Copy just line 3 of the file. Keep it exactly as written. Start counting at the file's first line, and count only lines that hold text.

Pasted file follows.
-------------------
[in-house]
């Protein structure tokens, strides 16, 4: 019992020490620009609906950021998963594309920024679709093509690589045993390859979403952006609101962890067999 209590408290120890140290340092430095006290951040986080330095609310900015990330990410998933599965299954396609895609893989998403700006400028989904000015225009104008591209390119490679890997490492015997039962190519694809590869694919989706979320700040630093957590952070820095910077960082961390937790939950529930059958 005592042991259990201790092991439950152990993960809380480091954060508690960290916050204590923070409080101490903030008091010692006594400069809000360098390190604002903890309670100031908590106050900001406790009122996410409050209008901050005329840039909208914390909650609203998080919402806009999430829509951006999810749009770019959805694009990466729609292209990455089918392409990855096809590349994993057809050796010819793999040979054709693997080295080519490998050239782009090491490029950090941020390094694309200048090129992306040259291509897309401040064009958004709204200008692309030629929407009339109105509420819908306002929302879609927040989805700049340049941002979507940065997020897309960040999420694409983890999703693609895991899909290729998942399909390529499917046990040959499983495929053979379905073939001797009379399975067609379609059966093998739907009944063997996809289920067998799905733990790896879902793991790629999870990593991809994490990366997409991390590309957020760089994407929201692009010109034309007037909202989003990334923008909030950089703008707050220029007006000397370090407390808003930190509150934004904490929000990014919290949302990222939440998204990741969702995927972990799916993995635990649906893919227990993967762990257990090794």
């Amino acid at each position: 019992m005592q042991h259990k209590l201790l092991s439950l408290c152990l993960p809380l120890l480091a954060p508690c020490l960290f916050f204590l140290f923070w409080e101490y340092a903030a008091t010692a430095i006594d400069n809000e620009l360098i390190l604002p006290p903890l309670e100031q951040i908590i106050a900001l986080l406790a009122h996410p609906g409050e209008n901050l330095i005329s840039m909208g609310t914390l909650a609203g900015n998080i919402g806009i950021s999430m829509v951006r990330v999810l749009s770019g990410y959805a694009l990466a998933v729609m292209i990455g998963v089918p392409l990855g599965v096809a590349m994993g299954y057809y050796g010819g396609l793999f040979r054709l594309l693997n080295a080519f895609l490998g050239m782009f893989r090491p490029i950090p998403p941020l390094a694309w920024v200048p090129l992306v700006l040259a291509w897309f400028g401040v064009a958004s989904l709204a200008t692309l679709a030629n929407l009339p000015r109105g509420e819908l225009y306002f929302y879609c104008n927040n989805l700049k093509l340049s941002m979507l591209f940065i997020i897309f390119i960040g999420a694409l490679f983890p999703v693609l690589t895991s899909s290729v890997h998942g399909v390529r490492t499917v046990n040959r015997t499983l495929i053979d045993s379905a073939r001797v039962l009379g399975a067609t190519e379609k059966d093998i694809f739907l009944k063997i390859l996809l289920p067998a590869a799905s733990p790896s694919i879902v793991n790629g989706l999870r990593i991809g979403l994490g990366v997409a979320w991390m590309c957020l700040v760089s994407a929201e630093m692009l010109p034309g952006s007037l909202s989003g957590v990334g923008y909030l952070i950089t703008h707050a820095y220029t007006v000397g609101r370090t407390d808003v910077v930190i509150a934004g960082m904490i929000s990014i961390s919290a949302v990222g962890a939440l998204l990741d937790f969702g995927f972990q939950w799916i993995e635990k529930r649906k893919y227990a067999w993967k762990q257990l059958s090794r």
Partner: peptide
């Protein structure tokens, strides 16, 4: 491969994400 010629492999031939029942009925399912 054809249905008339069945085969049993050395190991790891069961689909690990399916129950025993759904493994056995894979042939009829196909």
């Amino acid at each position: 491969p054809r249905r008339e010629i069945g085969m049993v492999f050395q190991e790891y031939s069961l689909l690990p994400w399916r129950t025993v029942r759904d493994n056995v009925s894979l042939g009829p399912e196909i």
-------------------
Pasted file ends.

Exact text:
């Amino acid at each position: 019992m005592q042991h259990k209590l201790l092991s439950l408290c152990l993960p809380l120890l480091a954060p508690c020490l960290f916050f204590l140290f923070w409080e101490y340092a903030a008091t010692a430095i006594d400069n809000e620009l360098i390190l604002p006290p903890l309670e100031q951040i908590i106050a900001l986080l406790a009122h996410p609906g409050e209008n901050l330095i005329s840039m909208g609310t914390l909650a609203g900015n998080i919402g806009i950021s999430m829509v951006r990330v999810l749009s770019g990410y959805a694009l990466a998933v729609m292209i990455g998963v089918p392409l990855g599965v096809a590349m994993g299954y057809y050796g010819g396609l793999f040979r054709l594309l693997n080295a080519f895609l490998g050239m782009f893989r090491p490029i950090p998403p941020l390094a694309w920024v200048p090129l992306v700006l040259a291509w897309f400028g401040v064009a958004s989904l709204a200008t692309l679709a030629n929407l009339p000015r109105g509420e819908l225009y306002f929302y879609c104008n927040n989805l700049k093509l340049s941002m979507l591209f940065i997020i897309f390119i960040g999420a694409l490679f983890p999703v693609l690589t895991s899909s290729v890997h998942g399909v390529r490492t499917v046990n040959r015997t499983l495929i053979d045993s379905a073939r001797v039962l009379g399975a067609t190519e379609k059966d093998i694809f739907l009944k063997i390859l996809l289920p067998a590869a799905s733990p790896s694919i879902v793991n790629g989706l999870r990593i991809g979403l994490g990366v997409a979320w991390m590309c957020l700040v760089s994407a929201e630093m692009l010109p034309g952006s007037l909202s989003g957590v990334g923008y909030l952070i950089t703008h707050a820095y220029t007006v000397g609101r370090t407390d808003v910077v930190i509150a934004g960082m904490i929000s990014i961390s919290a949302v990222g962890a939440l998204l990741d937790f969702g995927f972990q939950w799916i993995e635990k529930r649906k893919y227990a067999w993967k762990q257990l059958s090794r």